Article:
The late Jim Henson created muppets back in the 1950s; it was simply a term he used combining marionette with puppet. The Muppets, as we know them, were out of Sesame Street back in 1975. They later got their own show a year later and the rest was history. As an aside, technically Bert and Ernie are muppets - but not Muppets. They like Big Bird, Oscar the Grouch, Elmo, Cookie Monster and others are Sesame Street characters.


I said all that to make sure those who are too young to remember the Muppet Show and subsequent films understand the difference between the characters and the franchises. Also to reflect on the puppetry genius of the late Mr Henson. A genius that Disney recognized and, after he died in 1990, made every attempt to own. They succeeded in 2004 and shelved the characters; making sure that any use of the name was properly licensed and paid.


So, while Disney cashed in on their Pixar brand, the Muppets languished.

Apparently that didn't sit well with Jason Segel, a confessed Muppet fan began a campaign to bring back "The Muppets" in 2007. He finally convince Disney to produce it and in 2008 the concept was announced. The only thing left t0o do was write the story and make the film.


It was a classic case of perfect timing. Segel had just finished starring in two successful films - "Knocked Up" and "Forgetting Sarah Marshall" - as well as starring in a well rated television show How I Met Your Mother. It gave him leverage to practice that old rule "If you can't talk shit when you're winning, you never can".


So now we have a film starring a guy who was a year old when the original show went off the air and doesn't star any of the original muppeteers (noticeably absent is Frank Oz). And yet... it is wonderful.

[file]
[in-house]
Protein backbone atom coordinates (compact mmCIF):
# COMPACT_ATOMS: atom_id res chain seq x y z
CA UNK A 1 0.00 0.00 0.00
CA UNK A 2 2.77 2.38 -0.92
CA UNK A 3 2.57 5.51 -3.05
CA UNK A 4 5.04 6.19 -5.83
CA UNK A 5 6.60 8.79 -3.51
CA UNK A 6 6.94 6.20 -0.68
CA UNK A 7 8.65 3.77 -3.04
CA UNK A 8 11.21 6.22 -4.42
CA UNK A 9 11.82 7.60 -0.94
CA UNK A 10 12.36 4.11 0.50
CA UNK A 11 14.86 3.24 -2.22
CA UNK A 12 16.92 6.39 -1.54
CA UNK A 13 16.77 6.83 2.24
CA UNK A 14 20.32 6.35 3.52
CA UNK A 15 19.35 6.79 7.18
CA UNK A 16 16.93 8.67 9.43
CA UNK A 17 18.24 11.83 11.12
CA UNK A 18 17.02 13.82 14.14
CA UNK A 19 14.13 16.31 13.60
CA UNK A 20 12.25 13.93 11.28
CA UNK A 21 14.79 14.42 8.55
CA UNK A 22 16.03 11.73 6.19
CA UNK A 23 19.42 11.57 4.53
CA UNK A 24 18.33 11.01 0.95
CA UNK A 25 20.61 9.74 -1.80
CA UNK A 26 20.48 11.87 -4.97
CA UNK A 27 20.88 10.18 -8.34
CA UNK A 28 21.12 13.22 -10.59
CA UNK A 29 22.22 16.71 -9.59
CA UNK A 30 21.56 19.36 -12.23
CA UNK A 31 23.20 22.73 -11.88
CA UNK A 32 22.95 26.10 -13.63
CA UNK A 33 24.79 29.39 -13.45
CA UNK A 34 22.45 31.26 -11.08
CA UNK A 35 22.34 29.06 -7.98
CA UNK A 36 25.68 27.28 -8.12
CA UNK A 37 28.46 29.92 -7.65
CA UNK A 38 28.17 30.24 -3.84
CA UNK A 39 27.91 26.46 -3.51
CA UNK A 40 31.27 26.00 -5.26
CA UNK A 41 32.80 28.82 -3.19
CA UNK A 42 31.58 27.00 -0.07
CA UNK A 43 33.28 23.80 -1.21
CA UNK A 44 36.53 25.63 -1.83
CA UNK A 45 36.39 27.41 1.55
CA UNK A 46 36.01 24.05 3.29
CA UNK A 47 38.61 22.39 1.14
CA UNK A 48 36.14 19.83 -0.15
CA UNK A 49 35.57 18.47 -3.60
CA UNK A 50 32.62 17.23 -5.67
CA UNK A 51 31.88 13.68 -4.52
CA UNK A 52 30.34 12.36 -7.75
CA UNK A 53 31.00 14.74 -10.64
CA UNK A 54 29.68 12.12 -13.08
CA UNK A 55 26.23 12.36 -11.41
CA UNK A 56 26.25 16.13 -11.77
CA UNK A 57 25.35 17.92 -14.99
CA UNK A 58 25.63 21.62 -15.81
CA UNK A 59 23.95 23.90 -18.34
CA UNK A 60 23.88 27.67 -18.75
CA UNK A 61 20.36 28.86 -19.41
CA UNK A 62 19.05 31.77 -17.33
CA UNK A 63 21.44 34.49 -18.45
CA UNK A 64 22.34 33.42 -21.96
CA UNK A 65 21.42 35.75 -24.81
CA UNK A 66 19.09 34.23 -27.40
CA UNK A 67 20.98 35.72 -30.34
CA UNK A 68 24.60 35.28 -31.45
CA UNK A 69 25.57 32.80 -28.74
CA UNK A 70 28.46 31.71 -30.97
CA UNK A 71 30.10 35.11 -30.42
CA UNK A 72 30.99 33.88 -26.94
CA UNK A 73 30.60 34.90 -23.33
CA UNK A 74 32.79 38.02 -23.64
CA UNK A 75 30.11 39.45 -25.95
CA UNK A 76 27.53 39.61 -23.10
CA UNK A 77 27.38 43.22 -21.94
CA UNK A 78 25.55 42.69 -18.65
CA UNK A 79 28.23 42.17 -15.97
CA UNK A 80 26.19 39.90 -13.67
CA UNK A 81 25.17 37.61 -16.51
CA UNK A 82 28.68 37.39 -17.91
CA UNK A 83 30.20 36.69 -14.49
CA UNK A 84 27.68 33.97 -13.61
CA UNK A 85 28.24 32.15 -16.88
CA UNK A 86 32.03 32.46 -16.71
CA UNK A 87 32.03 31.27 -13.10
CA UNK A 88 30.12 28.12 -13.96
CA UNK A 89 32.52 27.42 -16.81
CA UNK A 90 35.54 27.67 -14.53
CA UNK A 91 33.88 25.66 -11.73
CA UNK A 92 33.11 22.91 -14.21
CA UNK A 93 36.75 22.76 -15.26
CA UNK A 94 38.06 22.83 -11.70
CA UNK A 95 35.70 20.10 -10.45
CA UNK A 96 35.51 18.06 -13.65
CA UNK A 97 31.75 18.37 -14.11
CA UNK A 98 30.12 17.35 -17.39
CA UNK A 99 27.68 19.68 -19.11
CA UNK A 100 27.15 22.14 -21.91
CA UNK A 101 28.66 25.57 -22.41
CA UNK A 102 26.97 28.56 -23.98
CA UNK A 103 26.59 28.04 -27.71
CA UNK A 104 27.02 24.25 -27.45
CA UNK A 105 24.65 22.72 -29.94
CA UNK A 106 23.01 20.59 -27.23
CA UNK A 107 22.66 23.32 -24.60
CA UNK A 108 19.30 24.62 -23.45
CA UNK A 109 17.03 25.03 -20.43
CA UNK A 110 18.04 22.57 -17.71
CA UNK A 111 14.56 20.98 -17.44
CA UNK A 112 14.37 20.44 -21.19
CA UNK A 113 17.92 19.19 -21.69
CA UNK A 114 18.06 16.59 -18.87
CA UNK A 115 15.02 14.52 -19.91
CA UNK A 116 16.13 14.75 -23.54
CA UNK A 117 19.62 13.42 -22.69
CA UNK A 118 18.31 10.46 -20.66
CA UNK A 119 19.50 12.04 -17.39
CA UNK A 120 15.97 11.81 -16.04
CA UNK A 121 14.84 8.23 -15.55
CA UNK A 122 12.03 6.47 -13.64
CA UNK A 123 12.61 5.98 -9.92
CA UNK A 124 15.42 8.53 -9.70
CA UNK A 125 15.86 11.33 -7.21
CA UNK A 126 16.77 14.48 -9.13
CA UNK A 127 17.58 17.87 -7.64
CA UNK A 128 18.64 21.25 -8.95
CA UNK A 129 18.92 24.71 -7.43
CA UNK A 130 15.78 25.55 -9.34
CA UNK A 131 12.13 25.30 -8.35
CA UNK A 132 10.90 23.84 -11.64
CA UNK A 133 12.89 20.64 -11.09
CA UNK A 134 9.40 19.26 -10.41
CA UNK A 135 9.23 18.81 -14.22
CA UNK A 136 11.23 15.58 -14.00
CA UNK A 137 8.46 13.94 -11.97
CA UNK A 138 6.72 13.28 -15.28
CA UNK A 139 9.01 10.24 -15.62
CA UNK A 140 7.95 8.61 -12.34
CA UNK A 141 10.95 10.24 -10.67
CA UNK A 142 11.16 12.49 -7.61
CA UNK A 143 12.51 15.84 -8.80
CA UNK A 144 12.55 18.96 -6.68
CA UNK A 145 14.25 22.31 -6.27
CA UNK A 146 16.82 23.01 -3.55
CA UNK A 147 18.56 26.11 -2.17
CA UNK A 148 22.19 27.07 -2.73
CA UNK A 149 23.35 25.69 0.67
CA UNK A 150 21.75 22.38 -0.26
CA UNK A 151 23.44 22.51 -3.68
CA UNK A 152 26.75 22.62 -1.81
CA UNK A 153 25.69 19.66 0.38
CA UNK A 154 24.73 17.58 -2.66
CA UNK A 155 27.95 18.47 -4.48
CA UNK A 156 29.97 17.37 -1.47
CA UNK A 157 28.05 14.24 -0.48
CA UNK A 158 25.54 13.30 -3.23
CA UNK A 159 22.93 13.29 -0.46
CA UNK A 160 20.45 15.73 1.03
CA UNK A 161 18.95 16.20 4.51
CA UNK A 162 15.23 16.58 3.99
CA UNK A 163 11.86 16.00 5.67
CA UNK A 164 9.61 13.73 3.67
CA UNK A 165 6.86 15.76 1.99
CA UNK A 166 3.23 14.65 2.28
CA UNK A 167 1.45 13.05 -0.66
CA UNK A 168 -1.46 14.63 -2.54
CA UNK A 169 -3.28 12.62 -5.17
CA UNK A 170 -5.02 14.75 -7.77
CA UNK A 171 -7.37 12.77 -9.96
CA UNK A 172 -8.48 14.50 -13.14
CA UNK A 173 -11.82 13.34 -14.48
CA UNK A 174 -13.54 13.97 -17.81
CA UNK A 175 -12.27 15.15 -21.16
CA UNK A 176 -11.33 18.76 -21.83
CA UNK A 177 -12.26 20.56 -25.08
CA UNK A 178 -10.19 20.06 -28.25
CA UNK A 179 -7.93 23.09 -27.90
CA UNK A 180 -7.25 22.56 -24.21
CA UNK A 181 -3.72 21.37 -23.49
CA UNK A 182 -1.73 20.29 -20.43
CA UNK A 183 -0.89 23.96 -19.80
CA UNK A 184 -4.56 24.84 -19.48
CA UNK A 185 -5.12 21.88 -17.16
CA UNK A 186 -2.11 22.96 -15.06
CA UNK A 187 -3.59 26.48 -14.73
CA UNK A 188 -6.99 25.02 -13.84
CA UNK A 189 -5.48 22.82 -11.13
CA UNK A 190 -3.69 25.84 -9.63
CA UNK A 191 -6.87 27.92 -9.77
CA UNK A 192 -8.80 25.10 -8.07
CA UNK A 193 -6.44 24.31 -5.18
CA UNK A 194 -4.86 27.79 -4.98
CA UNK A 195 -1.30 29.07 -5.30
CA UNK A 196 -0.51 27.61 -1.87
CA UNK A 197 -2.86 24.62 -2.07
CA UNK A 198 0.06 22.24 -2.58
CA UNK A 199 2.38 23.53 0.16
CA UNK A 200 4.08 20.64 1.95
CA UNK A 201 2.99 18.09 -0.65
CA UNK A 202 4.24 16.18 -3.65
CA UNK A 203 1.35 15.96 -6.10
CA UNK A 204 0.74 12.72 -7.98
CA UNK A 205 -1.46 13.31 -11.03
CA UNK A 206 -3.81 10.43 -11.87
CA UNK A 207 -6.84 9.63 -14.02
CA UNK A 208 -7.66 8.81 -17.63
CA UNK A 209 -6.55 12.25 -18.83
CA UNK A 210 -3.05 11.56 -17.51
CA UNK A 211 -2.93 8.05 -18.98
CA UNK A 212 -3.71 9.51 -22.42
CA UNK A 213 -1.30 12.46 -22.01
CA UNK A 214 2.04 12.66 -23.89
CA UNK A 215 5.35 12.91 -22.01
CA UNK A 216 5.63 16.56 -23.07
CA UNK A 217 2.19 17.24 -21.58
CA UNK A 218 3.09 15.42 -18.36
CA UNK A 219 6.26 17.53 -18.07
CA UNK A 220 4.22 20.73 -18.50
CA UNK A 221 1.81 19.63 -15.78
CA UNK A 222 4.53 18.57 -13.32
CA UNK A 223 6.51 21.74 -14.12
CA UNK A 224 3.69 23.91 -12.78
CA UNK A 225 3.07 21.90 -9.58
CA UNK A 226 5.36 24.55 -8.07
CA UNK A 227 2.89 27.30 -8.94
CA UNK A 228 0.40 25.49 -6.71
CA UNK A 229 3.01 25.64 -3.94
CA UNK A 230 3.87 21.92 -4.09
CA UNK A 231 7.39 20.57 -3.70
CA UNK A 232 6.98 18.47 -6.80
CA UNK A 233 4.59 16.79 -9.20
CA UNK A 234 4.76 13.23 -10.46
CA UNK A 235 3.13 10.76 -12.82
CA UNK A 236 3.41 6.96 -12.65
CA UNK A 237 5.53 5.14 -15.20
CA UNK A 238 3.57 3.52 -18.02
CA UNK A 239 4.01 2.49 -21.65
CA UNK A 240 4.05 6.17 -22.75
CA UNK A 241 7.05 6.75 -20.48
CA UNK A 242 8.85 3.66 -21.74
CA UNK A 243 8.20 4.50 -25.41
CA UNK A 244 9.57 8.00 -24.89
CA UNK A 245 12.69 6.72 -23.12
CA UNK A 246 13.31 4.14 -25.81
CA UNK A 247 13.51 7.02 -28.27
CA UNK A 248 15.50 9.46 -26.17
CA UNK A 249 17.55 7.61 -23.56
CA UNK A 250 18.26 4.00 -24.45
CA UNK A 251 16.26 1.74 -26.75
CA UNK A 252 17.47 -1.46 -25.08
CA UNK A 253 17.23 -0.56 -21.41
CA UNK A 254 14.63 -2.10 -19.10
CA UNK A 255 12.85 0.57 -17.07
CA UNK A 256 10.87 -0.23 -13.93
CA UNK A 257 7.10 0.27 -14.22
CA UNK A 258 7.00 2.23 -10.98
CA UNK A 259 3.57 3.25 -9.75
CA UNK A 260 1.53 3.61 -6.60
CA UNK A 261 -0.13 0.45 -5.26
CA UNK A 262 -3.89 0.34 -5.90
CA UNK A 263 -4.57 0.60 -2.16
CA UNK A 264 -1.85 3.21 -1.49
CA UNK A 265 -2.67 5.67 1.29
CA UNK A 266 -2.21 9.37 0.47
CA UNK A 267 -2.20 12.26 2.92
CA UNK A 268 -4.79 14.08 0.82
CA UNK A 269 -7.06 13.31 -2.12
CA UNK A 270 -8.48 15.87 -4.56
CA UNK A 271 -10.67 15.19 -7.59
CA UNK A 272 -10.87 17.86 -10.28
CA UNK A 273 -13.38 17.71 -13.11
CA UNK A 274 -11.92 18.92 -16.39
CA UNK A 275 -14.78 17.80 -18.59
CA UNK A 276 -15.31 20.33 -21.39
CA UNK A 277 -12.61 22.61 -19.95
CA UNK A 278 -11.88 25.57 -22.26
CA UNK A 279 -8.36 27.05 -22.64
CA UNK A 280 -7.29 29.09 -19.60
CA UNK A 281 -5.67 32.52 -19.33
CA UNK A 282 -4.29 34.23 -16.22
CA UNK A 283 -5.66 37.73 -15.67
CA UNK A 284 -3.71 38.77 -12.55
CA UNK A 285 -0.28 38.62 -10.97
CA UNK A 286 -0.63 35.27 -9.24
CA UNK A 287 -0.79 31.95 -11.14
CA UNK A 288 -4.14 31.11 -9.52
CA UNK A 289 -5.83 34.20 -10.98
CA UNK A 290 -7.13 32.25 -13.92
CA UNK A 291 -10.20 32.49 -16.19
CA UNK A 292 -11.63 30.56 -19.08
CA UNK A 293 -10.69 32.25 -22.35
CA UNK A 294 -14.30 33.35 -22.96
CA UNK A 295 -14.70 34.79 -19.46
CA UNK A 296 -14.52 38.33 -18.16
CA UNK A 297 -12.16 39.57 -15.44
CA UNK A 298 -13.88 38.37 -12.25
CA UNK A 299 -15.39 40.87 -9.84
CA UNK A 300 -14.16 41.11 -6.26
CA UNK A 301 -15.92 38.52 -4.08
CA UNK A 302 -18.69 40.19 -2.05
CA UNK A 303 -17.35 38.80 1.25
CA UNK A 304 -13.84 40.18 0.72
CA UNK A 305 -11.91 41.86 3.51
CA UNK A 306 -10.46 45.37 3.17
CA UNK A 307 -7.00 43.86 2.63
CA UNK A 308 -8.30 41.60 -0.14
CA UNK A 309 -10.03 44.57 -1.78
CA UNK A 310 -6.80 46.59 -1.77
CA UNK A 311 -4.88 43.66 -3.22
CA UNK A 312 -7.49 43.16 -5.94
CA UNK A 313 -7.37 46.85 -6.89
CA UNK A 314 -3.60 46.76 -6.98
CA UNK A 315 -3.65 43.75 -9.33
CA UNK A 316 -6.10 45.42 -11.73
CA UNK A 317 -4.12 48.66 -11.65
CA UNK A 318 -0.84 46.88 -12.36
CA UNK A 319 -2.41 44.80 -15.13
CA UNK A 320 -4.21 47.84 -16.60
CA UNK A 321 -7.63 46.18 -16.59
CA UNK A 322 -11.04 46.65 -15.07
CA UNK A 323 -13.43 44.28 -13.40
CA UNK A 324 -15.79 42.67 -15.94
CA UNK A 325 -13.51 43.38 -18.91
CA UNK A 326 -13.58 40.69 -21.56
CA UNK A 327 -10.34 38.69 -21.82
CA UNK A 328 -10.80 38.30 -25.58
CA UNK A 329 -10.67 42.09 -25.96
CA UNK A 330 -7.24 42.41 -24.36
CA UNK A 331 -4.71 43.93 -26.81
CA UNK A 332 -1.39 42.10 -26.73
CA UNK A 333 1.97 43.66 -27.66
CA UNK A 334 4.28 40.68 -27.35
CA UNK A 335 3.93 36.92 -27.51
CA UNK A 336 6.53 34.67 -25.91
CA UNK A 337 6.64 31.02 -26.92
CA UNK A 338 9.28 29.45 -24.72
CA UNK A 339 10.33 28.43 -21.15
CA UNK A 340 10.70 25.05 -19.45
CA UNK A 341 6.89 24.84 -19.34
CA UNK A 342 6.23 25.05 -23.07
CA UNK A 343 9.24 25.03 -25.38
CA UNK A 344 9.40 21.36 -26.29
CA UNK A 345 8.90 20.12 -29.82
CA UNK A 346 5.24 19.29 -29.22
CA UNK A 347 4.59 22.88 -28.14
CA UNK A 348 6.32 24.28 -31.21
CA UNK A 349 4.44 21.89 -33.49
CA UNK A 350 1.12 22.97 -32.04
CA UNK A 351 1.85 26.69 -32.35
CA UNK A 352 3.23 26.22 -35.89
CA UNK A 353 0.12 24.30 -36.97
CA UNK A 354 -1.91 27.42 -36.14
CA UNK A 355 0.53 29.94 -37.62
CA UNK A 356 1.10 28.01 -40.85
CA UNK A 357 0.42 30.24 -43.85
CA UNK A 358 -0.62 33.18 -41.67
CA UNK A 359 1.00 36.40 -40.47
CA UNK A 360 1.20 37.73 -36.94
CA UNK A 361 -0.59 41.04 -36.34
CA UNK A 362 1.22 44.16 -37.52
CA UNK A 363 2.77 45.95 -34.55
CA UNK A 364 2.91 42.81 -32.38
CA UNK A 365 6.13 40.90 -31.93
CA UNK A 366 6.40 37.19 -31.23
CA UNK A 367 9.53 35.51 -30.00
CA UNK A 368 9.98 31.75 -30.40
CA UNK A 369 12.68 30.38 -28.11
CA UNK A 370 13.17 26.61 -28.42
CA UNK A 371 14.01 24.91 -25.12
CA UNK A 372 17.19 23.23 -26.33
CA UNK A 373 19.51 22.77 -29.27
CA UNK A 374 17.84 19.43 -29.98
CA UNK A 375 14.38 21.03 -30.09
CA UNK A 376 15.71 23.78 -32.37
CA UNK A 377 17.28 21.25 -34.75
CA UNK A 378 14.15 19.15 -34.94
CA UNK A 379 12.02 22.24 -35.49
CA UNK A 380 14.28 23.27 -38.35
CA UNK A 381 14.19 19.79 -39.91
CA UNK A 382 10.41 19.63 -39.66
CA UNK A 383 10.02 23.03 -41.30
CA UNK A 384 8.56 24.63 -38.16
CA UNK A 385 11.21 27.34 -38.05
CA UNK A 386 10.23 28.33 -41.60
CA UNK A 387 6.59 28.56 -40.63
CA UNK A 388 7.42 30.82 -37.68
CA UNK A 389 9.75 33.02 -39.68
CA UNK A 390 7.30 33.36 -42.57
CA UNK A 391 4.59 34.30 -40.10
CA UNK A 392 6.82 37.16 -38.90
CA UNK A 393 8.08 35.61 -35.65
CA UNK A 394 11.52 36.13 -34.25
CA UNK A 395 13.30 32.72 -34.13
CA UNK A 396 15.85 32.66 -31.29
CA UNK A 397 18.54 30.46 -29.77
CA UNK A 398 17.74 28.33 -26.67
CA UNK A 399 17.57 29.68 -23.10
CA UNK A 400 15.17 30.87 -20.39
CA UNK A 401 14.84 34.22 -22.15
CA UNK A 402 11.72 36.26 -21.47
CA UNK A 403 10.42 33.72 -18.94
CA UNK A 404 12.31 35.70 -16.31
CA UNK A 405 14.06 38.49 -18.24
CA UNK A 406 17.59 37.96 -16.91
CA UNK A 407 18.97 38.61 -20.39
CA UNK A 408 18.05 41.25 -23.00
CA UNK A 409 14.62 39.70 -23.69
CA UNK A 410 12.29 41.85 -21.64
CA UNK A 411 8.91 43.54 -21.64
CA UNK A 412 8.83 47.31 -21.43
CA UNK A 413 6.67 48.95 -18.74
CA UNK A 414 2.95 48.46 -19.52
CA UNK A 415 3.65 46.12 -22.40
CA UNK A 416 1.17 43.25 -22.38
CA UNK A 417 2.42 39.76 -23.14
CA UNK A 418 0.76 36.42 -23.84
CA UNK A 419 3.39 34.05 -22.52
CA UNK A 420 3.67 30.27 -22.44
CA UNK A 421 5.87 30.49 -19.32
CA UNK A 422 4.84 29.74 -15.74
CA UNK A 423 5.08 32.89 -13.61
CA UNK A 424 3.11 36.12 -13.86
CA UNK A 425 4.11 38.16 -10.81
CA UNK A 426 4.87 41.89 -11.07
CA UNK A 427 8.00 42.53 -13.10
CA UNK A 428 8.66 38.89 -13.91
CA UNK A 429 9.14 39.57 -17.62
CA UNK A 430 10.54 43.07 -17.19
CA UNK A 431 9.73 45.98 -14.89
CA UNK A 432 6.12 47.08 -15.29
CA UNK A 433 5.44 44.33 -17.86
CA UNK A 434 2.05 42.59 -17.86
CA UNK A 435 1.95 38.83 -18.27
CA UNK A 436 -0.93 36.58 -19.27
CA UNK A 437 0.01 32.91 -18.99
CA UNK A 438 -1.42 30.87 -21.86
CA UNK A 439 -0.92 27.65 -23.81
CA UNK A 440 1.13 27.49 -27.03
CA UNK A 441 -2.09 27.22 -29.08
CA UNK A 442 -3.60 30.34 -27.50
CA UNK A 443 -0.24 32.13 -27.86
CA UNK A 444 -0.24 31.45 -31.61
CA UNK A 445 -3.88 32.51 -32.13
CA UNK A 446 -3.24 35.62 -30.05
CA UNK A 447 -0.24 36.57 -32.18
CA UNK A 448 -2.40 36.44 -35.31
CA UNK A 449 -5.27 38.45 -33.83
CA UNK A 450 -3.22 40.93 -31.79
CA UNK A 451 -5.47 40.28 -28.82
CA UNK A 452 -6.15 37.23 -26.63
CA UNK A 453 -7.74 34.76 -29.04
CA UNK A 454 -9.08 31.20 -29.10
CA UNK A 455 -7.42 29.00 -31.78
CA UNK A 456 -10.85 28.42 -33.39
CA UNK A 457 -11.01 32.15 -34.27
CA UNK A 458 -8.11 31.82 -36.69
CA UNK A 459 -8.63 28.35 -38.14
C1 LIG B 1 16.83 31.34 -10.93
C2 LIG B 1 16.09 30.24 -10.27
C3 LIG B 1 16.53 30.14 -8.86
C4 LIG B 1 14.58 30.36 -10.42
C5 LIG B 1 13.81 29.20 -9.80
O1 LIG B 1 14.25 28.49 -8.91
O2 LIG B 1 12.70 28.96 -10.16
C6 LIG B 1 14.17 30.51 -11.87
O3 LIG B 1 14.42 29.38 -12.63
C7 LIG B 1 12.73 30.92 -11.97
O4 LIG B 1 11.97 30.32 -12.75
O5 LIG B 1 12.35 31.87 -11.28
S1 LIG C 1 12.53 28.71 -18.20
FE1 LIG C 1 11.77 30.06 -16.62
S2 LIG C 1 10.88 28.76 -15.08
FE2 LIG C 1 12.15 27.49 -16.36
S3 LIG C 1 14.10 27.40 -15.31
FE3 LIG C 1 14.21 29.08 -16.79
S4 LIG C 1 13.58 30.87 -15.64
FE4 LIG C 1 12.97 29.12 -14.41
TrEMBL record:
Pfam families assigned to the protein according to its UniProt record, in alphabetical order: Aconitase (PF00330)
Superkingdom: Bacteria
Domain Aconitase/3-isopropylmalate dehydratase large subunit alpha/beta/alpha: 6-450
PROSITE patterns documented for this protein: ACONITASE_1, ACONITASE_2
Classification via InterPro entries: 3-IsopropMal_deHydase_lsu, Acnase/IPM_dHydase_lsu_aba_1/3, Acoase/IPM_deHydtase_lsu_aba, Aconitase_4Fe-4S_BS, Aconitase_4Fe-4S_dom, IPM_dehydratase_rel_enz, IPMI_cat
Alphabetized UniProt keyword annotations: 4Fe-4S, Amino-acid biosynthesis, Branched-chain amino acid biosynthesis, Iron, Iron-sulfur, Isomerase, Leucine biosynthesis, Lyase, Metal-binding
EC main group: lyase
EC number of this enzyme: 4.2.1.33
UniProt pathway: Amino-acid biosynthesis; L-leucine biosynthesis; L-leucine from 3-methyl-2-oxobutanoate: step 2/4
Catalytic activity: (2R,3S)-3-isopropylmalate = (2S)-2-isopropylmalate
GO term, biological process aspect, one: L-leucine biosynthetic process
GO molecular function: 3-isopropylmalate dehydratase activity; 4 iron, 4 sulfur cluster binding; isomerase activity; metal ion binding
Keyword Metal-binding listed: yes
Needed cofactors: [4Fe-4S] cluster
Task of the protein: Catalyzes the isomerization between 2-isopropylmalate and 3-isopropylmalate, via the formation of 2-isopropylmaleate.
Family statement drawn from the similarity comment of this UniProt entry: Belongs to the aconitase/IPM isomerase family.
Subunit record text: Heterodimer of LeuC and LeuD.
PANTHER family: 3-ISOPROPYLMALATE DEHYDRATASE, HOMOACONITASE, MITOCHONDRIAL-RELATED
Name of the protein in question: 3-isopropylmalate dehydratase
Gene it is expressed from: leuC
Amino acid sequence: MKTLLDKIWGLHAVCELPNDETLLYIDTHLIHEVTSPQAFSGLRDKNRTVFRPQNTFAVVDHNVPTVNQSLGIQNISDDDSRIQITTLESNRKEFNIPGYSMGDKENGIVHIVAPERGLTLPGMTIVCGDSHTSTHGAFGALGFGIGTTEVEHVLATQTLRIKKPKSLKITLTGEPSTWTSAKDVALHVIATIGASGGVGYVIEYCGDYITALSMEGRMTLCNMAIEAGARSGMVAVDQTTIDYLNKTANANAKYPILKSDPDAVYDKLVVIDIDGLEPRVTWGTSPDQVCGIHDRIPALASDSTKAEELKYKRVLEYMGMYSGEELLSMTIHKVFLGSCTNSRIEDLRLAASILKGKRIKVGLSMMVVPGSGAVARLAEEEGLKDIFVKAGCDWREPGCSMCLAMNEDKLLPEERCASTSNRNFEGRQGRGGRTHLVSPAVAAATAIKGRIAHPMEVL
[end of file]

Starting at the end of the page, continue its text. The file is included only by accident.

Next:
But let me categorize the wonderful part. Is it really great or have we just missed the Muppets?

The film centers on itself actually and the history of the Muppets as I just explained them. The Muppets have been idle and scattered about. Kermit is now a recluse living in his mansion filled with nostalgia. Miss Piggie is now the plus-sized fashion editor for Paris' Vogue magazine. Gonzo has become a plumbing executive, Fozzie Bear is a Reno musician, and Animal is institutionalized suffering from anger issues.


When a new Muppet named Walter (voiced by Peter Linz) hears that oil tycoon Tex Richman (Chris Cooper) has found oil under the old muppet Theater and intends to demolish the theater and drill for oil, he springs to action.


He tells his human brother Gary (Segel) and his girlfriend Mary (Amy Adams) that something must be done to save the theater. The three decide to gather up the old Muppets and stage the greatest Muppet Telethon ever so they can raise the $10 million to save the place.


Then we are treated to what we remember about the Muppets. Lots of celebrity cameos (Whoopi Goldberg, Billy Crystal, Alan Arkin, George Clooney, Mickey Rooney, Mila Kunis, Lady gaga, Danny Trejo, Ben Stiller, Judd Hirsch, Neil Patrick Harris and anyone they could think of) and notable music both new and old (including "The Muppet Show Theme", "The Rainbow Connection" and "Mah Na Mah Na.")


With delightful turns by Amy Adams and childlike awe of Segel, the film is a great walk down memory lane for those of us who remember the show. More importantly, like the show, it kept it's theme timely.


"The Muppets" is a fun nostalgic trip for all ages. Jason Segel does a great job of recapturing the magic of the old Jim Henson show. And of course it has my two favorite characters Statler and Waldorf.   -- GEOFF BURTON